An injured male swan rescued from North Lakes returned to Lake Eden just in time for Christmas.
Dubbed `Siegfried’ by Wildlife Rescue Queensland carers in a nod to the ballet Swan Lake, he was suffering from an injured foot when he was rescued in October, leaving behind mother swan Odette and their flock of cygnets.
North Lakes residents had been following Siegfried’s progress since he was rescued by the RSPCA, with social media posts attracting thousands of comments speculating when he would be returned.
Wildlife Rescue Queensland president Byron Cann says Siegfried took longer to recover than expected, delaying his return to Lake Eden.
Siegfried’s carer was preparing for the swan’s transition to the wild, and testing him swimming in an enclosed dam at Burpengary when the swan made a daring bid for freedom.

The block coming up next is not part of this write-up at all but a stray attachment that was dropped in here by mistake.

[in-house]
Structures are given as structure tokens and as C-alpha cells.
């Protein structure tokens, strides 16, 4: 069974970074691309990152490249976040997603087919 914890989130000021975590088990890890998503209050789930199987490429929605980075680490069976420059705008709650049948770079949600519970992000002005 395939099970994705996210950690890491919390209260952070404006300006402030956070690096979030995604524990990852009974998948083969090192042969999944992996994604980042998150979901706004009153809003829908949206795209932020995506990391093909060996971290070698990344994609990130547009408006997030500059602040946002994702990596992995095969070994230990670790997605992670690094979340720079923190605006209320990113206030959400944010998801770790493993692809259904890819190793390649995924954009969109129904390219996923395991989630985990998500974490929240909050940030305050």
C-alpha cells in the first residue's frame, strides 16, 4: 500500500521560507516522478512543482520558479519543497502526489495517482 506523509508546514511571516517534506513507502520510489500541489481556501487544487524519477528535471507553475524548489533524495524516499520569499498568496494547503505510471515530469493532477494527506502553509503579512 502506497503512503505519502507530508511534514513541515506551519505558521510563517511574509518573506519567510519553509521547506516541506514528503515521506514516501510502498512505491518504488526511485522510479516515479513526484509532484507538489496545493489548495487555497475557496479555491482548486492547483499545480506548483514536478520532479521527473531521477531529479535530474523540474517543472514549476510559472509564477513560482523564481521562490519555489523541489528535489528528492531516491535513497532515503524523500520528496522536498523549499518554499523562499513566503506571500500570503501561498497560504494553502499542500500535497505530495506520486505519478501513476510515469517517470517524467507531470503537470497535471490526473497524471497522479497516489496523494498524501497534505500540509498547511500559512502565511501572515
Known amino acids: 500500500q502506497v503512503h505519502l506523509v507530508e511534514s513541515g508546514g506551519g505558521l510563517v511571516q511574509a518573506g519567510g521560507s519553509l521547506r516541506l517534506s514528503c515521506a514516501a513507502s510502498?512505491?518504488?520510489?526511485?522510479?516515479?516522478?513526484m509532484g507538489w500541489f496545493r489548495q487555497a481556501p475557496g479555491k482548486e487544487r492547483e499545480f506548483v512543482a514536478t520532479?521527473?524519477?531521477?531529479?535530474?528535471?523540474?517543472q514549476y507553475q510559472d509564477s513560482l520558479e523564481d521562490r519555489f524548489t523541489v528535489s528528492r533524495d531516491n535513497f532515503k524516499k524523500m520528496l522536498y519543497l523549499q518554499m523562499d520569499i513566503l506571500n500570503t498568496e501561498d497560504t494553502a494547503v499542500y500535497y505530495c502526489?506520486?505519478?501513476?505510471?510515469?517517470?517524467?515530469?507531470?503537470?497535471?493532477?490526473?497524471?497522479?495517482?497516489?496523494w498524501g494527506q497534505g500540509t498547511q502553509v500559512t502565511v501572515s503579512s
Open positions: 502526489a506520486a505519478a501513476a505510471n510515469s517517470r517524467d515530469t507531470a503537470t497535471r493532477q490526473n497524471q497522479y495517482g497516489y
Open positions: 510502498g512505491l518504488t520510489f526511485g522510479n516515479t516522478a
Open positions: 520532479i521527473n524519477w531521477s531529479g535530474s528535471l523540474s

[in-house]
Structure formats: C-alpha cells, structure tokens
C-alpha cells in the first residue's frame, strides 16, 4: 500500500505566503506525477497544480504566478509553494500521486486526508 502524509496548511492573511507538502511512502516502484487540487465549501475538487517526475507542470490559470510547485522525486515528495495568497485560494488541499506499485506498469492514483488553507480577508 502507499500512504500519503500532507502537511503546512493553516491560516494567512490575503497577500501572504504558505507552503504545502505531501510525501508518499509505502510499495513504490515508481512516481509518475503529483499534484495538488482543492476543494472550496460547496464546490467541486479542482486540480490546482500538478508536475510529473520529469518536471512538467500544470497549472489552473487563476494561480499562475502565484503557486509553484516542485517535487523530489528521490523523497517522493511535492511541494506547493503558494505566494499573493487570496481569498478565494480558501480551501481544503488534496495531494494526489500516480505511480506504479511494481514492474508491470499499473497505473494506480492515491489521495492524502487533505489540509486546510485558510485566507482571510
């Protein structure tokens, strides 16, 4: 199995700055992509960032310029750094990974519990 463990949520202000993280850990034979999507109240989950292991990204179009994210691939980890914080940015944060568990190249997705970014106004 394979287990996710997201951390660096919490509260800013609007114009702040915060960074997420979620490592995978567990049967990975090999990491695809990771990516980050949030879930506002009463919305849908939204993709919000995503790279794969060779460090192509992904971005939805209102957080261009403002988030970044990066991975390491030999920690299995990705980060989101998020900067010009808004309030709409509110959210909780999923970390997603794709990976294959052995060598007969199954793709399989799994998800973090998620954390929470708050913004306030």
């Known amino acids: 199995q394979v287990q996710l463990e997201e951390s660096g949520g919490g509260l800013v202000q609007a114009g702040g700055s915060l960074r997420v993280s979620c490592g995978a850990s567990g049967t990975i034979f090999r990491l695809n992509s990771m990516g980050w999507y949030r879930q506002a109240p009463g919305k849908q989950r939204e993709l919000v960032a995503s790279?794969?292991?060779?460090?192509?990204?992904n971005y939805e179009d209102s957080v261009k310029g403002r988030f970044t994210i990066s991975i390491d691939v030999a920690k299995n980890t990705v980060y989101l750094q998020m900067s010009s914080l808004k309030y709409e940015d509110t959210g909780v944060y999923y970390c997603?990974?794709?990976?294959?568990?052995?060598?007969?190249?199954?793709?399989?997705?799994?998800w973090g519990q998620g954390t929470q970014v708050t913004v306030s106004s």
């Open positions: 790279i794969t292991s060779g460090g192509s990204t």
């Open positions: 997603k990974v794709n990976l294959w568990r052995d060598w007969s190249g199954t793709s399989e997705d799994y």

“The carer was testing how he was swimming in the dam, when he took off,” Byron says.
“It’s never happened before because the enclosure is small and the swans can’t get a big run-up.
“He was like a homing pigeon and flew back to North Lakes.”
Byron says Wildlife Carers Queensland has continued to monitor Siegfried and is pleased with his progress.
Between September and December last year, Wildlife Carer’s Queensland rehabilitated and returned 18 black swans to the wild.
Byron says the volunteer-run organisation has rehabilitated more than 2500 animals in the past 12 months, ranging from swans, platypuses and bats to koalas and kangaroos.
“We’re all volunteers, we all have jobs, this is something we do because we love animals,” he says.
About 180 volunteers work for the organisation in roles such as rescue and fundraising, and as carers.
“Being a wildlife carer is an amazing experience, however it can also be extremely costly,” Byron says.
While Wildlife Carers Queensland is blessed with equipment following last year’s bushfires, Byron says carers are grateful to donors who help with the cost of consumables such as animal feed, specialist wildlife milk formula, tailored bird feed mixes, baby wipes and tissues.